Anne Frank Diary Reference

Overview: Anne and Her Diaries

Anne Frank was a girl living in Amsterdam during WWII. She received a diary for her thirteenth birthday (12 June 1942) and immediately started using it. Because of the anti Jewish decrees by the occupying Nazi German army, her parents had made plans to go into hiding if things would get much worse. When they learned that their other daughter, Margot, was to be sent away, they went through with the plan (6 July 1942). Anne took along her diary.
    The hiding place was in a back extension to the building where Mr. Frank worked (address: 263 Prinsengracht, in Amsterdam). Their family was in hiding with four others and they were all helped by friends who had been working for Mr. Frank in the main building. They all kept everyone outside this circle (except Mr. Pfeffer's girlfriend) in the dark about their whereabouts. They did not write letters or send messages. They did not risk going outside. They were in hiding for about two years, until the Nazis found out about them, raided their hiding place (4 Aug 1944), and sent them to concentration camps. All but Anne's father were sooner or later killed, or died due to terrible conditions.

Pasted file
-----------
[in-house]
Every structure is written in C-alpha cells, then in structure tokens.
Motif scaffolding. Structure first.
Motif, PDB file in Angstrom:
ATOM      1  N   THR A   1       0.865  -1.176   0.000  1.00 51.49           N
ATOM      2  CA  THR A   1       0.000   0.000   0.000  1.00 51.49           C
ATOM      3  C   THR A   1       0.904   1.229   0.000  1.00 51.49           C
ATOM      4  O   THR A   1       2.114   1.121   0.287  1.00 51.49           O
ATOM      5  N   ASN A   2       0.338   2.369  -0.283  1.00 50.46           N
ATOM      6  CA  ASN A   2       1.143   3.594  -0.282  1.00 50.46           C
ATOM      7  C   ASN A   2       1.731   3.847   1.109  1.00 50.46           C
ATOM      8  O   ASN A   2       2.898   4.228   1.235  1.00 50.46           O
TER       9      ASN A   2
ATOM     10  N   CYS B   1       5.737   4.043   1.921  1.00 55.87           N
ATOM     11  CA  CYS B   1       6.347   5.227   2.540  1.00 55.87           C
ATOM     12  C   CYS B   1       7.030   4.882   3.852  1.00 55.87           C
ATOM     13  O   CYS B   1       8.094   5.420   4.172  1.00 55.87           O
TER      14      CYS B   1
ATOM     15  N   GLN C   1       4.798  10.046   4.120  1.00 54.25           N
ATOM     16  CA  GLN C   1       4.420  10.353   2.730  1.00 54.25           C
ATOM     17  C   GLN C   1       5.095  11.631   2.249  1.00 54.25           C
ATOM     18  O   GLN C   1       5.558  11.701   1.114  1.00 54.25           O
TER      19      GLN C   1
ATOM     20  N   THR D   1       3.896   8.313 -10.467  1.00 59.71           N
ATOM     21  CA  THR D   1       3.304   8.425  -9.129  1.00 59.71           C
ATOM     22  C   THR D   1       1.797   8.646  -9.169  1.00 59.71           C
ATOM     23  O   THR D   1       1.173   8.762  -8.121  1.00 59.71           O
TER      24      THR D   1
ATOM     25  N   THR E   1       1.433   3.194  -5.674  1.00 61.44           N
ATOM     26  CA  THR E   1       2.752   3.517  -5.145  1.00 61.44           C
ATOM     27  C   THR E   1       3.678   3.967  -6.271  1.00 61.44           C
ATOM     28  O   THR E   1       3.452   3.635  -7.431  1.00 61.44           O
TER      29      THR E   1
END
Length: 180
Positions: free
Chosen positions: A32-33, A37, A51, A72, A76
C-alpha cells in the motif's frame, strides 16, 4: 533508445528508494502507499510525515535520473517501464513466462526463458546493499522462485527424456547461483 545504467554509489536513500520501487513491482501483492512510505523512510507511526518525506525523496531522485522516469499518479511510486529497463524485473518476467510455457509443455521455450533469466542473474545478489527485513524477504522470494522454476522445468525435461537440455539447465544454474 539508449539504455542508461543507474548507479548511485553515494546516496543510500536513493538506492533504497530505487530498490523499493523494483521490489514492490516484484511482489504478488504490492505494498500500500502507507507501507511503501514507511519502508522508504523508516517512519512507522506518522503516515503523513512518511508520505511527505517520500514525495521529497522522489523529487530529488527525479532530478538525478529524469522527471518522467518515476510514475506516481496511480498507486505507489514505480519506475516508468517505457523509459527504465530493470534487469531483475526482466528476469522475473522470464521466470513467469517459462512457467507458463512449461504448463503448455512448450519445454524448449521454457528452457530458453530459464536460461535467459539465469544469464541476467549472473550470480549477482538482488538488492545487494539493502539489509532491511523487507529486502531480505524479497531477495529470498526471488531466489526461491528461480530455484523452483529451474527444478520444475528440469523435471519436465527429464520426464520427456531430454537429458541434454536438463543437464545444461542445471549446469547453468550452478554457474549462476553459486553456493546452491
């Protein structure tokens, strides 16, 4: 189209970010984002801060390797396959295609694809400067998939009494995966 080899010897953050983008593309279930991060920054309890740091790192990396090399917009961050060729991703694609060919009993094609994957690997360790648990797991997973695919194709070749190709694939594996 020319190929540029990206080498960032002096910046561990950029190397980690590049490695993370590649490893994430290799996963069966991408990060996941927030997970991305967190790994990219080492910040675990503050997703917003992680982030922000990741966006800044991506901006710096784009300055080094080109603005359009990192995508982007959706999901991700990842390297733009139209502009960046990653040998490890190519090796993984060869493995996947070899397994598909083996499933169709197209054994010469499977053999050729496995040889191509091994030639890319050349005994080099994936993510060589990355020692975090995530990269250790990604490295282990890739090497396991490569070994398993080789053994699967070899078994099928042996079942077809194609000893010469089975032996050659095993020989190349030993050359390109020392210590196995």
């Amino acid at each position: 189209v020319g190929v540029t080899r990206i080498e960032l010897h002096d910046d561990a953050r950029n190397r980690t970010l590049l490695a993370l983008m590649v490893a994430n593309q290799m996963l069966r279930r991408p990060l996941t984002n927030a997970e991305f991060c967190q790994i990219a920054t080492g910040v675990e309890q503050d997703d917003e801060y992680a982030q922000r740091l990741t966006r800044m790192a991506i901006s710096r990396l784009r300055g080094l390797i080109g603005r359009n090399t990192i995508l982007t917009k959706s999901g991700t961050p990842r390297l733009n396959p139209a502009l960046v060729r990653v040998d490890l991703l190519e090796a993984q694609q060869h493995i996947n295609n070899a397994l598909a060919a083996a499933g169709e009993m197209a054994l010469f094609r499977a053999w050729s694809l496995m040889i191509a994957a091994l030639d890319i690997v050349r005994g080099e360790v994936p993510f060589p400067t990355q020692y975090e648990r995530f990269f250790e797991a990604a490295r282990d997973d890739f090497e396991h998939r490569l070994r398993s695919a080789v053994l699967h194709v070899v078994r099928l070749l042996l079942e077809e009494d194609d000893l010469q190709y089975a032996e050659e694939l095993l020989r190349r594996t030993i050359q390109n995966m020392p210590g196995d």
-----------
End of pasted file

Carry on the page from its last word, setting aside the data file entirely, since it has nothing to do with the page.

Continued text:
[The three bound diaries found and the loose sheets, from description.]     During the period of hiding, the Frank's friends found fresh diaries for Anne whenever she would fill one. They also kept a radio so they could keep up with news from outside. Among the dreary news reports one day (28 March 1944), was someone's speech about how, someday, after the war was over, people may want to read war diaries.
    Anne, who wanted to be a journalist or writer, was very interested in this. She had been writing short stories and essays as well as diary entries. She imagined that a tale or diary of someone in hiding would be interesting to read if you weren't living it. She started re-writing her old diary entries, sticking to the original content, sometimes adding overlooked details, and occasionally omitting personal things. (The Netherlands State Institute for War Documentation, via handwriting analysis, concluded that she worked especially hard on this from 15 July 1944, on.) She even outlined a plan for name changes. She had almost got through re-writing the third diary when the hiding place was raided.
    Anne was keeping all of her writing efforts together in an old briefcase (in case a fire broke out, for easy grab-and-run). She had four diaries and hundreds of pages of loose paper (the loose sheets were the re-writes of the diary, and most of her short stories and essays). During the raid, while waiting for the truck to take away the eight prisoners (plus two of the helpers), the Nazi officers dumped out the contents of the old briefcase, and put the valuables they had been stealing into it.